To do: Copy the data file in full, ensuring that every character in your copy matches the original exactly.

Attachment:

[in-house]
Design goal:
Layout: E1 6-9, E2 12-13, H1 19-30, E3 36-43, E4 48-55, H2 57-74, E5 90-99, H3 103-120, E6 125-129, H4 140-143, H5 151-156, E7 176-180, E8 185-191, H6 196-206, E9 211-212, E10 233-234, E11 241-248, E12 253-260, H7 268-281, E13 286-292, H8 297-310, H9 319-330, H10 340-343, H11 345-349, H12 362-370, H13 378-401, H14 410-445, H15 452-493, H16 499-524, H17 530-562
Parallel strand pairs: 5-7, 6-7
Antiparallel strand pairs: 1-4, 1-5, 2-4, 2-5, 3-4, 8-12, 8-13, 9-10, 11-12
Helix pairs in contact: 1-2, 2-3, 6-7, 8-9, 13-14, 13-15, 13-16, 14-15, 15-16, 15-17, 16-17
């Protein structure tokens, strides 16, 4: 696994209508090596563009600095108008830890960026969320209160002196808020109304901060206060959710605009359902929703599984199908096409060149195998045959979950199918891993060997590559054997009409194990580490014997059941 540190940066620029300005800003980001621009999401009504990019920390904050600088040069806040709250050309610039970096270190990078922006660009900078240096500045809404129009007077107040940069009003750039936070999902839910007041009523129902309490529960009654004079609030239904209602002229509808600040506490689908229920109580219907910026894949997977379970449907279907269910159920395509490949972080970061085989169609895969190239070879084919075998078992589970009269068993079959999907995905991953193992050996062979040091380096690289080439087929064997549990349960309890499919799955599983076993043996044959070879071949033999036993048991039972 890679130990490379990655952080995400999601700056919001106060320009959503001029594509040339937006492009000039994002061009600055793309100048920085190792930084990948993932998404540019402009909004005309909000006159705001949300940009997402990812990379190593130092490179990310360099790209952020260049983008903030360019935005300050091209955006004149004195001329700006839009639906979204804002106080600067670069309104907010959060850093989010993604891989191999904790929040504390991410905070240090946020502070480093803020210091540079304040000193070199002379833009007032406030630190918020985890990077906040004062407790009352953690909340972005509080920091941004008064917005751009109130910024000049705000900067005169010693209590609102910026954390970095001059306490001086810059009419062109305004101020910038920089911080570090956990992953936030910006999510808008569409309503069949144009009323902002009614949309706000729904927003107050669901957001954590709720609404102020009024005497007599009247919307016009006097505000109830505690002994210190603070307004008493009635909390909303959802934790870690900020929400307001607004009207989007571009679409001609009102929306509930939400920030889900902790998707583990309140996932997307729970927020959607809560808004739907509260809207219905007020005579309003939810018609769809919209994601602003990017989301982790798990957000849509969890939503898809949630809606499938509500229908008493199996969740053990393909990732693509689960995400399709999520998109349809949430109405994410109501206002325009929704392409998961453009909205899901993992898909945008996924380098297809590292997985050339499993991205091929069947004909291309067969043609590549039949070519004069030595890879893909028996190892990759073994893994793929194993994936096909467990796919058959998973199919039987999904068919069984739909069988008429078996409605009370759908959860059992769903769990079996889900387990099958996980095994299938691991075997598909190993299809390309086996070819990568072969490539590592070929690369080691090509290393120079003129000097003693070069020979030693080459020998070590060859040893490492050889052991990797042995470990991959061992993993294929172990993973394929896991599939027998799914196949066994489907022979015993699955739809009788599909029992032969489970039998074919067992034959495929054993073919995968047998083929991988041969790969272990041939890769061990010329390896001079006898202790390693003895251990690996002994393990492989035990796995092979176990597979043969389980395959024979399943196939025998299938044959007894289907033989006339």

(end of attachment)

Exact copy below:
[in-house]
Design goal:
Layout: E1 6-9, E2 12-13, H1 19-30, E3 36-43, E4 48-55, H2 57-74, E5 90-99, H3 103-120, E6 125-129, H4 140-143, H5 151-156, E7 176-180, E8 185-191, H6 196-206, E9 211-212, E10 233-234, E11 241-248, E12 253-260, H7 268-281, E13 286-292, H8 297-310, H9 319-330, H10 340-343, H11 345-349, H12 362-370, H13 378-401, H14 410-445, H15 452-493, H16 499-524, H17 530-562
Parallel strand pairs: 5-7, 6-7
Antiparallel strand pairs: 1-4, 1-5, 2-4, 2-5, 3-4, 8-12, 8-13, 9-10, 11-12
Helix pairs in contact: 1-2, 2-3, 6-7, 8-9, 13-14, 13-15, 13-16, 14-15, 15-16, 15-17, 16-17
């Protein structure tokens, strides 16, 4: 696994209508090596563009600095108008830890960026969320209160002196808020109304901060206060959710605009359902929703599984199908096409060149195998045959979950199918891993060997590559054997009409194990580490014997059941 540190940066620029300005800003980001621009999401009504990019920390904050600088040069806040709250050309610039970096270190990078922006660009900078240096500045809404129009007077107040940069009003750039936070999902839910007041009523129902309490529960009654004079609030239904209602002229509808600040506490689908229920109580219907910026894949997977379970449907279907269910159920395509490949972080970061085989169609895969190239070879084919075998078992589970009269068993079959999907995905991953193992050996062979040091380096690289080439087929064997549990349960309890499919799955599983076993043996044959070879071949033999036993048991039972 890679130990490379990655952080995400999601700056919001106060320009959503001029594509040339937006492009000039994002061009600055793309100048920085190792930084990948993932998404540019402009909004005309909000006159705001949300940009997402990812990379190593130092490179990310360099790209952020260049983008903030360019935005300050091209955006004149004195001329700006839009639906979204804002106080600067670069309104907010959060850093989010993604891989191999904790929040504390991410905070240090946020502070480093803020210091540079304040000193070199002379833009007032406030630190918020985890990077906040004062407790009352953690909340972005509080920091941004008064917005751009109130910024000049705000900067005169010693209590609102910026954390970095001059306490001086810059009419062109305004101020910038920089911080570090956990992953936030910006999510808008569409309503069949144009009323902002009614949309706000729904927003107050669901957001954590709720609404102020009024005497007599009247919307016009006097505000109830505690002994210190603070307004008493009635909390909303959802934790870690900020929400307001607004009207989007571009679409001609009102929306509930939400920030889900902790998707583990309140996932997307729970927020959607809560808004739907509260809207219905007020005579309003939810018609769809919209994601602003990017989301982790798990957000849509969890939503898809949630809606499938509500229908008493199996969740053990393909990732693509689960995400399709999520998109349809949430109405994410109501206002325009929704392409998961453009909205899901993992898909945008996924380098297809590292997985050339499993991205091929069947004909291309067969043609590549039949070519004069030595890879893909028996190892990759073994893994793929194993994936096909467990796919058959998973199919039987999904068919069984739909069988008429078996409605009370759908959860059992769903769990079996889900387990099958996980095994299938691991075997598909190993299809390309086996070819990568072969490539590592070929690369080691090509290393120079003129000097003693070069020979030693080459020998070590060859040893490492050889052991990797042995470990991959061992993993294929172990993973394929896991599939027998799914196949066994489907022979015993699955739809009788599909029992032969489970039998074919067992034959495929054993073919995968047998083929991988041969790969272990041939890769061990010329390896001079006898202790390693003895251990690996002994393990492989035990796995092979176990597979043969389980395959024979399943196939025998299938044959007894289907033989006339």